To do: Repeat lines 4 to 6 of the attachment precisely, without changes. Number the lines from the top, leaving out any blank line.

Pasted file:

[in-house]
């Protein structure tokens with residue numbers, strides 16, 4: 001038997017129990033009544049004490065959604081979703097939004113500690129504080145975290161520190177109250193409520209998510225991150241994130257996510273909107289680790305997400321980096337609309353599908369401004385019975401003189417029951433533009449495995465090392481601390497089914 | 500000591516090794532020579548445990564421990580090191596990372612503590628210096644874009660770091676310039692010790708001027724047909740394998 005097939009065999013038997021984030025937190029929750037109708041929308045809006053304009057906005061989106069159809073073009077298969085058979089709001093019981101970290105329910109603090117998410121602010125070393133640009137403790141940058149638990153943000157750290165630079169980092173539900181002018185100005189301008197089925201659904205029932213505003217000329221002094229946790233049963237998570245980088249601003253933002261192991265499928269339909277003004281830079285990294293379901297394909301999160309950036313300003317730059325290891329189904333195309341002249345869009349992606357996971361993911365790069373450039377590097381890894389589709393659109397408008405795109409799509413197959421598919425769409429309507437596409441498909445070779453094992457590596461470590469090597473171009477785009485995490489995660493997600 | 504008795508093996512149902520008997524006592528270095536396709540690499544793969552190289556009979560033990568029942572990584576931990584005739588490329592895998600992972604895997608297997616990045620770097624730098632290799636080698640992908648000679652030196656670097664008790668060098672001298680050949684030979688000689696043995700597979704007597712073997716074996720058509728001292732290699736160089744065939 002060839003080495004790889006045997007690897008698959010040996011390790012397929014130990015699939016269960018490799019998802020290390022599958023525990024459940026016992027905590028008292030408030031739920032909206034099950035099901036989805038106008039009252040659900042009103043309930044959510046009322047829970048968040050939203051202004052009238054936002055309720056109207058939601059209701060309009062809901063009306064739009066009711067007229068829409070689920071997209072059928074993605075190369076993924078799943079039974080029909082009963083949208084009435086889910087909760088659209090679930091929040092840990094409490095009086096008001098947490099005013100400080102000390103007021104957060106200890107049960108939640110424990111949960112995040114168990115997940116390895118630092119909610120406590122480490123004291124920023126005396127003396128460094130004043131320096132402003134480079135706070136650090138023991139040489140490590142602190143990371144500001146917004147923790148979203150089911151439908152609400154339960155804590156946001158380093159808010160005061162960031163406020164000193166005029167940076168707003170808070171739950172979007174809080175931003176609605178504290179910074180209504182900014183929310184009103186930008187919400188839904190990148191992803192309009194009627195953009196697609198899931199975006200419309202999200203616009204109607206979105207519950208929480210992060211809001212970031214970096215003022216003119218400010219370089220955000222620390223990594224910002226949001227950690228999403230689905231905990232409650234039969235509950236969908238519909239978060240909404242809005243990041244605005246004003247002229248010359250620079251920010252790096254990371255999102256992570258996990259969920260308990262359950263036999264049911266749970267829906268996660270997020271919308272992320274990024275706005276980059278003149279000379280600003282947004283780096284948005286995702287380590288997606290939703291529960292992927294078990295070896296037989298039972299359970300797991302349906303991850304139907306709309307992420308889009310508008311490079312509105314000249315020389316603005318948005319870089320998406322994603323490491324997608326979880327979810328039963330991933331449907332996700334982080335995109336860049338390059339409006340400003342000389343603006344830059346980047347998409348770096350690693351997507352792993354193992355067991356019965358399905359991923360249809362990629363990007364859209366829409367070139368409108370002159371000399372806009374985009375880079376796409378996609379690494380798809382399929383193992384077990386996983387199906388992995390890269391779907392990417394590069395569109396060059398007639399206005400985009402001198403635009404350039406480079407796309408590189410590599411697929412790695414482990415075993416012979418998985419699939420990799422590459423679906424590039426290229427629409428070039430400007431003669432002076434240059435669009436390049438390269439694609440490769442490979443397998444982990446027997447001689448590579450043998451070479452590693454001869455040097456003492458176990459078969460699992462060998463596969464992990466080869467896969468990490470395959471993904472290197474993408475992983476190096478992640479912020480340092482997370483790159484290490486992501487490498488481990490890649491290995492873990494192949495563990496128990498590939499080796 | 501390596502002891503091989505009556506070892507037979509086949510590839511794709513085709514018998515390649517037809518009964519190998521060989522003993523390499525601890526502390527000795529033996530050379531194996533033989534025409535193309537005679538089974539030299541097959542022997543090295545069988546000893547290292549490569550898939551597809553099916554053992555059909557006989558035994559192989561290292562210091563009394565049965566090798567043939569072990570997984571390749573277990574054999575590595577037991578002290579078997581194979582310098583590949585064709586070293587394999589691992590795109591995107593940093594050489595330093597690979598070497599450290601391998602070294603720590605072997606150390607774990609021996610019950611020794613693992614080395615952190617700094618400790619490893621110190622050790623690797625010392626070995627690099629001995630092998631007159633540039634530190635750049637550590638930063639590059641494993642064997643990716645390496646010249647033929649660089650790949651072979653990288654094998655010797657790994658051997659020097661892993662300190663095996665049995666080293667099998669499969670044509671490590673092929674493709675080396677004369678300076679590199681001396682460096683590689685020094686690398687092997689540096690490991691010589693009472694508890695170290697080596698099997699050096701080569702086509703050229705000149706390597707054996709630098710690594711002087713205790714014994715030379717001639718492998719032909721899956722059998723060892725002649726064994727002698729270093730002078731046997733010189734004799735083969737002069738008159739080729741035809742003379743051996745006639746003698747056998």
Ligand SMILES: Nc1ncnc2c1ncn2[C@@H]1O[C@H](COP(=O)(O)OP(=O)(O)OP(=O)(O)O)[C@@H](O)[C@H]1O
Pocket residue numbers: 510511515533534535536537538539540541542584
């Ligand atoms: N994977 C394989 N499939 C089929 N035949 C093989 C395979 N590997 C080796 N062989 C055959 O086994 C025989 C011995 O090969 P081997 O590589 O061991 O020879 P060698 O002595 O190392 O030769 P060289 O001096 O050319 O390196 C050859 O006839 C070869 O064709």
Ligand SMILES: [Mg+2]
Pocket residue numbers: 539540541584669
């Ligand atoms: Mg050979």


Pocket residue numbers: 510511515533534535536537538539540541542584
């Ligand atoms: N994977 C394989 N499939 C089929 N035949 C093989 C395979 N590997 C080796 N062989 C055959 O086994 C025989 C011995 O090969 P081997 O590589 O061991 O020879 P060698 O002595 O190392 O030769 P060289 O001096 O050319 O390196 C050859 O006839 C070869 O064709």
Ligand SMILES: [Mg+2]